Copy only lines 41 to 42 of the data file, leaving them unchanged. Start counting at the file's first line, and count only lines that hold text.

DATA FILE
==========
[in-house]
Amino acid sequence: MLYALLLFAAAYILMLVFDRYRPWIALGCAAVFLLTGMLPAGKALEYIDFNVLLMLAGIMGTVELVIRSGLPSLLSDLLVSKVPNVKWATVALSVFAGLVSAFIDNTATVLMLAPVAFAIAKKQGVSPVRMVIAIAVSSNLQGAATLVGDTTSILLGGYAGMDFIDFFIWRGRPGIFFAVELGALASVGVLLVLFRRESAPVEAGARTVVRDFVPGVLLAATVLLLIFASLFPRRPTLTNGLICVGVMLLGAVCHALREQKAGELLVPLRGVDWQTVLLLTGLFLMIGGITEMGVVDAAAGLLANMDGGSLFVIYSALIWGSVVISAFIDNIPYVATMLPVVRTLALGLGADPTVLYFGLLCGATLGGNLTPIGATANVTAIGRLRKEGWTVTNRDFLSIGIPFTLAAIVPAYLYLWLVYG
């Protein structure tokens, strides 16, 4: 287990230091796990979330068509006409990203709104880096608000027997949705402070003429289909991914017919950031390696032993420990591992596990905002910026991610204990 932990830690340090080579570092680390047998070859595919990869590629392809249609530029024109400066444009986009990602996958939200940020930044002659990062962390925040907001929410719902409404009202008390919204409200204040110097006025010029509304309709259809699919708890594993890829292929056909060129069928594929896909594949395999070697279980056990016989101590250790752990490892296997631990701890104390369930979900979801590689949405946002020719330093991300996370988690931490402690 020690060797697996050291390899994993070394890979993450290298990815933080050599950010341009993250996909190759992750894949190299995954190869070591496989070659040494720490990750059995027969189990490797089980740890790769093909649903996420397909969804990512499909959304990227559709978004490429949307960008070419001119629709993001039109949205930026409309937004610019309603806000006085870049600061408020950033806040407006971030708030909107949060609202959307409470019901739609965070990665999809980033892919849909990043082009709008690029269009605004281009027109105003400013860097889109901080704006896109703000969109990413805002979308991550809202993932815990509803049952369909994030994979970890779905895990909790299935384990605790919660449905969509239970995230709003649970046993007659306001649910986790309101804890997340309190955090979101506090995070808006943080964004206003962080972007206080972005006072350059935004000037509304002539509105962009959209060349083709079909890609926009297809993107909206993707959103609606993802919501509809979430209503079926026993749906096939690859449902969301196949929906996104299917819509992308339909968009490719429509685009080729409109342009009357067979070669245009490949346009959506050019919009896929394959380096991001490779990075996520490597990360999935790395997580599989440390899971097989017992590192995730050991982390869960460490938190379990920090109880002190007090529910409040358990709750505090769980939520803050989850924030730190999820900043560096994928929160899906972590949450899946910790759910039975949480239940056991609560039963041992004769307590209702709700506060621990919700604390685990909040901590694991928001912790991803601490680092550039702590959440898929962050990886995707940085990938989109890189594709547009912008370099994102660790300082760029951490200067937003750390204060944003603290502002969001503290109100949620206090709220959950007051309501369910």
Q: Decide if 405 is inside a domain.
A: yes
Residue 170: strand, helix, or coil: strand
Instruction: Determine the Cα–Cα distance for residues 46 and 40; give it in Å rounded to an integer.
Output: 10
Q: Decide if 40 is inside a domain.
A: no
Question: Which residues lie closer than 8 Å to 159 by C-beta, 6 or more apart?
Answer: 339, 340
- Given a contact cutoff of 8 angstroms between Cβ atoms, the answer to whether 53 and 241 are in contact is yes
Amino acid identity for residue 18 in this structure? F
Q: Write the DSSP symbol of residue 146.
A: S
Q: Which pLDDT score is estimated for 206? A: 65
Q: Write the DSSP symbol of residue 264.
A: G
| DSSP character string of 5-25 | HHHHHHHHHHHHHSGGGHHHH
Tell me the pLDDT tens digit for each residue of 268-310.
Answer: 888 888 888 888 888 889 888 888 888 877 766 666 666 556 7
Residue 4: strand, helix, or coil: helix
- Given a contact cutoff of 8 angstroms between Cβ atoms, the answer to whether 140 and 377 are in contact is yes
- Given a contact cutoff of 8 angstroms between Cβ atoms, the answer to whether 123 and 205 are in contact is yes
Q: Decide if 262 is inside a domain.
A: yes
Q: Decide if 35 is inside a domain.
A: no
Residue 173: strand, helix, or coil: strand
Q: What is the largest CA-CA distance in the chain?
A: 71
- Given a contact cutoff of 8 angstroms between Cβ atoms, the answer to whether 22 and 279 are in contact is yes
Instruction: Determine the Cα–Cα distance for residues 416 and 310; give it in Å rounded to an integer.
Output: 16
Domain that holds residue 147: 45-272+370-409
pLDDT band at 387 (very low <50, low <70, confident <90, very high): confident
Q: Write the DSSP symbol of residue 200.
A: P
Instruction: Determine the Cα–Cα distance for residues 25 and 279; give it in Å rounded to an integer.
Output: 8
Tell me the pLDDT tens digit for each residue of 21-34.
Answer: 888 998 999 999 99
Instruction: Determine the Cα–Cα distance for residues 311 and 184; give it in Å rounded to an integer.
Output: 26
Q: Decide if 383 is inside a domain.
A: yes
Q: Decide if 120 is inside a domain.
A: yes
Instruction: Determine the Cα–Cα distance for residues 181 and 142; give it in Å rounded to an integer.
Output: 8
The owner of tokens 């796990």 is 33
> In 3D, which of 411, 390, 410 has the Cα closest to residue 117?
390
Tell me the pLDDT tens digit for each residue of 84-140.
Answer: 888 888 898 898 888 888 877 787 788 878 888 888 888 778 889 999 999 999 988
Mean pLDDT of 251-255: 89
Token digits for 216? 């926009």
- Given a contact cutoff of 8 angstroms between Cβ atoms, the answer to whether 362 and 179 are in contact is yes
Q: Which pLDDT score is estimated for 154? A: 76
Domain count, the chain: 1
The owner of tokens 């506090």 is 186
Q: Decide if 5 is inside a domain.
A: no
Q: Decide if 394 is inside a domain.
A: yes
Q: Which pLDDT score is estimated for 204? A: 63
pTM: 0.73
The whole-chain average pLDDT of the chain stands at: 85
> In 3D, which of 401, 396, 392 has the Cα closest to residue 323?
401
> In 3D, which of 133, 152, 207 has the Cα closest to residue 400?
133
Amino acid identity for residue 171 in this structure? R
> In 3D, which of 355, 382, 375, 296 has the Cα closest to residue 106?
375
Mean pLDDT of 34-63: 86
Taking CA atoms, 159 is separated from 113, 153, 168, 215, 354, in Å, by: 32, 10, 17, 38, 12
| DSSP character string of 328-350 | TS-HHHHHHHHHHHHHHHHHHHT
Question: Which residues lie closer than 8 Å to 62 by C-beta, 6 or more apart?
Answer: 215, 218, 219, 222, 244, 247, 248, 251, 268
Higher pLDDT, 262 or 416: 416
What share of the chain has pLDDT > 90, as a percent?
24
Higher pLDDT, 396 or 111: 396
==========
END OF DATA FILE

Output: 8
Tell me the pLDDT tens digit for each residue of 21-34.